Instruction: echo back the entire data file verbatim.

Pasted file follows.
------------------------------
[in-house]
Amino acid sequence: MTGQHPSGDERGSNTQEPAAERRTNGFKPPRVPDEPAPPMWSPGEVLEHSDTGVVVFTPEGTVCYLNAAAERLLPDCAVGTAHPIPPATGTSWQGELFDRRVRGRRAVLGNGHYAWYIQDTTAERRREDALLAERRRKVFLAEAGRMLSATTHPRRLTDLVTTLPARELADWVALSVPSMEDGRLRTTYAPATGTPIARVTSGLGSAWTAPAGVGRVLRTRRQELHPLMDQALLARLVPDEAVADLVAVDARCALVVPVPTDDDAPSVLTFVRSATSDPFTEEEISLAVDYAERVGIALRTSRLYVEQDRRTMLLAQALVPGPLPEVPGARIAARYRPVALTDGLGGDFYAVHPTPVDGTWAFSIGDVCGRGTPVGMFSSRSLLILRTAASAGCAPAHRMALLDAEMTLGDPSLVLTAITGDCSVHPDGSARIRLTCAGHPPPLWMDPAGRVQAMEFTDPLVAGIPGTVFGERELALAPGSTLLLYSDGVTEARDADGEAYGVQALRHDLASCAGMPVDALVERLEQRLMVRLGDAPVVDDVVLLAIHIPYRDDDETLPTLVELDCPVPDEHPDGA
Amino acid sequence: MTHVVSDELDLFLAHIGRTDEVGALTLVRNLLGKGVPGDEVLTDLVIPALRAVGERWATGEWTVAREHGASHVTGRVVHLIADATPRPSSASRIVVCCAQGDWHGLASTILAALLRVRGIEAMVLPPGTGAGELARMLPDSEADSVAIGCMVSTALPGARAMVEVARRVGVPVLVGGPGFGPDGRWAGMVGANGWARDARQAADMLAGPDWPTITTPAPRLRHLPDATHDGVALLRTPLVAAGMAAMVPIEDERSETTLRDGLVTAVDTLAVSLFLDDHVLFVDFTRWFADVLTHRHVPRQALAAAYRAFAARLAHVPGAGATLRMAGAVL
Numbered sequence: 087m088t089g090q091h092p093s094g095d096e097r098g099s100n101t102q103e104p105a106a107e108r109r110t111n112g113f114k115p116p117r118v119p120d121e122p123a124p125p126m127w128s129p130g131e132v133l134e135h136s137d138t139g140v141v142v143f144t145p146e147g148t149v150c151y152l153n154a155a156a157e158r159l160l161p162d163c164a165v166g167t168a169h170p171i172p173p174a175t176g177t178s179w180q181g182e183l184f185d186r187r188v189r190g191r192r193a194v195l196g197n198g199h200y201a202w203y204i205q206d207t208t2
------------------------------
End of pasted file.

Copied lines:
[in-house]
Amino acid sequence: MTGQHPSGDERGSNTQEPAAERRTNGFKPPRVPDEPAPPMWSPGEVLEHSDTGVVVFTPEGTVCYLNAAAERLLPDCAVGTAHPIPPATGTSWQGELFDRRVRGRRAVLGNGHYAWYIQDTTAERRREDALLAERRRKVFLAEAGRMLSATTHPRRLTDLVTTLPARELADWVALSVPSMEDGRLRTTYAPATGTPIARVTSGLGSAWTAPAGVGRVLRTRRQELHPLMDQALLARLVPDEAVADLVAVDARCALVVPVPTDDDAPSVLTFVRSATSDPFTEEEISLAVDYAERVGIALRTSRLYVEQDRRTMLLAQALVPGPLPEVPGARIAARYRPVALTDGLGGDFYAVHPTPVDGTWAFSIGDVCGRGTPVGMFSSRSLLILRTAASAGCAPAHRMALLDAEMTLGDPSLVLTAITGDCSVHPDGSARIRLTCAGHPPPLWMDPAGRVQAMEFTDPLVAGIPGTVFGERELALAPGSTLLLYSDGVTEARDADGEAYGVQALRHDLASCAGMPVDALVERLEQRLMVRLGDAPVVDDVVLLAIHIPYRDDDETLPTLVELDCPVPDEHPDGA
Amino acid sequence: MTHVVSDELDLFLAHIGRTDEVGALTLVRNLLGKGVPGDEVLTDLVIPALRAVGERWATGEWTVAREHGASHVTGRVVHLIADATPRPSSASRIVVCCAQGDWHGLASTILAALLRVRGIEAMVLPPGTGAGELARMLPDSEADSVAIGCMVSTALPGARAMVEVARRVGVPVLVGGPGFGPDGRWAGMVGANGWARDARQAADMLAGPDWPTITTPAPRLRHLPDATHDGVALLRTPLVAAGMAAMVPIEDERSETTLRDGLVTAVDTLAVSLFLDDHVLFVDFTRWFADVLTHRHVPRQALAAAYRAFAARLAHVPGAGATLRMAGAVL
Numbered sequence: 087m088t089g090q091h092p093s094g095d096e097r098g099s100n101t102q103e104p105a106a107e108r109r110t111n112g113f114k115p116p117r118v119p120d121e122p123a124p125p126m127w128s129p130g131e132v133l134e135h136s137d138t139g140v141v142v143f144t145p146e147g148t149v150c151y152l153n154a155a156a157e158r159l160l161p162d163c164a165v166g167t168a169h170p171i172p173p174a175t176g177t178s179w180q181g182e183l184f185d186r187r188v189r190g191r192r193a194v195l196g197n198g199h200y201a202w203y204i205q206d207t208t2